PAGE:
The numeral 64 refers to a fluid compartment positioned between the inner end of the vane support 18 and one end of the clutch support 50. The numeral 66 refers to a fluid compartment positioned between the inner end of vane support 36 and clutch support 50. Compartments 64 and 66 are filled with a conventional fluid coupling or automatic transmission fluid. Clutch support 50 is provided with a plurality of spaced-apart fixed vanes 68 positioned in compartments 64 and a plurality of fixed vanes 70 positioned in compartments 66.

Assuming that the fluid coupling 10 is connected to an engine crankshaft or that the shaft 22 is in fact a crankshaft, the normal method of operation is as follows. With shaft 22 being rotated at an idle speed, shaft 22, vane support 18, housing 12 and vane support 36 will be rotating with clutch support 50 and shaft 42 being stationary. In such an idle condition, the vanes 28 and 48 will be in their retracted positions as will the clutch elements 52. Upon acceleration of shaft 22, the rotation of the vane supports 18 and 36 will cause the vanes 28 and 48 to move into the fluid compartments 64 and 66 respectively to cause the oil or fluid therein to be revolved. The revolving of the fluid in the compartments 64 and 66 will cause the clutch support 50 to begin to rotate. At a predetermined rate of rotation of clutch support 50, the clutch elements 52 move outwardly due to centrifugal force and engage the housing 12 to "lock-up" the unit to achieve a 1:1 ration with the crankshaft. In other words, the clutch support 50 will be rotating at the same rate of rotation as shaft 22 since there is no slippage therebetween. This eliminates heat problems, loss of motion and energy losses normally experienced in conventional fluid coupling.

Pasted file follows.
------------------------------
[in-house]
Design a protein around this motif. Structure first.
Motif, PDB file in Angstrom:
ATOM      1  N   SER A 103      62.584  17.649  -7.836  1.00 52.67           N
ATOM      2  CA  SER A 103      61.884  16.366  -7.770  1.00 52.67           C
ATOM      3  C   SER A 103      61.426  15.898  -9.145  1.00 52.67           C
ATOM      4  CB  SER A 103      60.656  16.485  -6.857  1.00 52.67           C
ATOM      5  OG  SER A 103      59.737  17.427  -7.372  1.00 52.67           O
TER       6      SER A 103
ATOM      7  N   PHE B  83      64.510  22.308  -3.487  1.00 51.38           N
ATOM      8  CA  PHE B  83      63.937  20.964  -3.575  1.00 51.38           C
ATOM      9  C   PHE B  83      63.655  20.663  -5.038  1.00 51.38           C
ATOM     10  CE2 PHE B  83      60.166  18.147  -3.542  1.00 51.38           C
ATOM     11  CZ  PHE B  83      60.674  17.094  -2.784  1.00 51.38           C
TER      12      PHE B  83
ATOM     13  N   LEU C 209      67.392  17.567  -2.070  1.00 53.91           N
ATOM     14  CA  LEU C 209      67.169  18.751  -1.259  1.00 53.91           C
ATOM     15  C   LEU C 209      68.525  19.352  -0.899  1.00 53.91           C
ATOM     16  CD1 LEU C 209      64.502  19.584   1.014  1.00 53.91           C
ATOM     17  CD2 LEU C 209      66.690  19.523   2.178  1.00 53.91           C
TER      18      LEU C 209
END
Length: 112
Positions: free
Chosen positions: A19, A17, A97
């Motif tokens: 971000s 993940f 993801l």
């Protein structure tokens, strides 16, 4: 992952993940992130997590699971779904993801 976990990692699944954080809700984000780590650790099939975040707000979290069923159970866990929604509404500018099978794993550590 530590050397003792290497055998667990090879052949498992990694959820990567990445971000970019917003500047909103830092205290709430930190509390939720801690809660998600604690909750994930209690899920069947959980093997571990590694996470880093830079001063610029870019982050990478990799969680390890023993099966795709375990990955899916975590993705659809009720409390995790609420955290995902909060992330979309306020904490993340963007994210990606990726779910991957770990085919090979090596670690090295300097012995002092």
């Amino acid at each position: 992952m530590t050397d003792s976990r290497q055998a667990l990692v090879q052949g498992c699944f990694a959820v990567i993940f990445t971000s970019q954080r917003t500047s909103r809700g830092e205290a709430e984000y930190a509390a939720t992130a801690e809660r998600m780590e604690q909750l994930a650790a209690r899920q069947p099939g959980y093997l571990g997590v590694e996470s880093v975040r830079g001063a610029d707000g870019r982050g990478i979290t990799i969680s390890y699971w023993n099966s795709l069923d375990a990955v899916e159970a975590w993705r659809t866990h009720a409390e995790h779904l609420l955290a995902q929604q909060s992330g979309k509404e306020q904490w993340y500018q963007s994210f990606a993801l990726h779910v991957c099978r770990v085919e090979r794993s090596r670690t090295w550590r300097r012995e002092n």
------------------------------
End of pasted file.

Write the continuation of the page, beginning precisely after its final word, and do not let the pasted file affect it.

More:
The springs 34 and 54 are easily changed to control the state of both the emergence of the vanes and the speed of lock-up. While it has been described that springs are used to control the emergence of the vanes and the clutch elements, it should be noted that the movement thereof may be mechanically or hydraulically actuated.

Thus it can be seen that a novel fluid coupling has been provided which has the ability to lock-up at a predetermined speed. The construction of the vane supports and the clutch support results in an elimination of a power drain at initial acceleration.

Thus it can be seen that a fluid coupling of this invention accomplishes at least all of the stated objectives.

Patent Citations
Cited PatentFiling datePublication dateApplicantTitle
US1125593 *Mar 10, 1913Jan 19, 1915 Fluid power-transmitter.
US1858514 *Jul 14, 1928May 17, 1932Voith Gmbh J MCoupling device
US2034757 *Jan 19, 1934Mar 24, 1936Chrysler CorpClutch
US2380734 *Dec 16, 1941Jul 31, 1945John W HurleyHydraulic transmission
US2427432 *Aug 10, 1944Sep 16, 1947Lincoln E WilhelmyFluid clutch for use in automatic transmissions
US2543929 *Oct 31, 1944Mar 6, 1951Olman Peter MPower translation mechanism
US3363731 *Oct 23, 1965Jan 16, 1968Peter WillemsHydrodynamic torque transmission device
Referenced by
Citing PatentFiling datePublication dateApplicantTitle
US4848506 *Jun 26, 1987Jul 18, 1989Honda Giken Kogyo Kabushiki KaishaDrive power transmission device
US6711896May 22, 2000Mar 30, 2004Kenneth O. JohnsonNon-grounded hydraulic transmission apparatus
US6877593Oct 2, 2001Apr 12, 2005Kenneth O. JohnsonAutomatic transmission friction clutch
WO1986004396A1 *Sep 20, 1983Jul 31, 1986Pierre LoizeauDevice having a centrifugal action particulary for clutch friction
WO2002029285A1 *Oct 2, 2001Apr 11, 2002Kenneth O JohnsonAutomatic transmission friction clutch
Classifications
U.S. Classification192/3.31, 192/57, 60/353
International ClassificationF16D43/14
Cooperative ClassificationF16D43/14
European ClassificationF16D43/14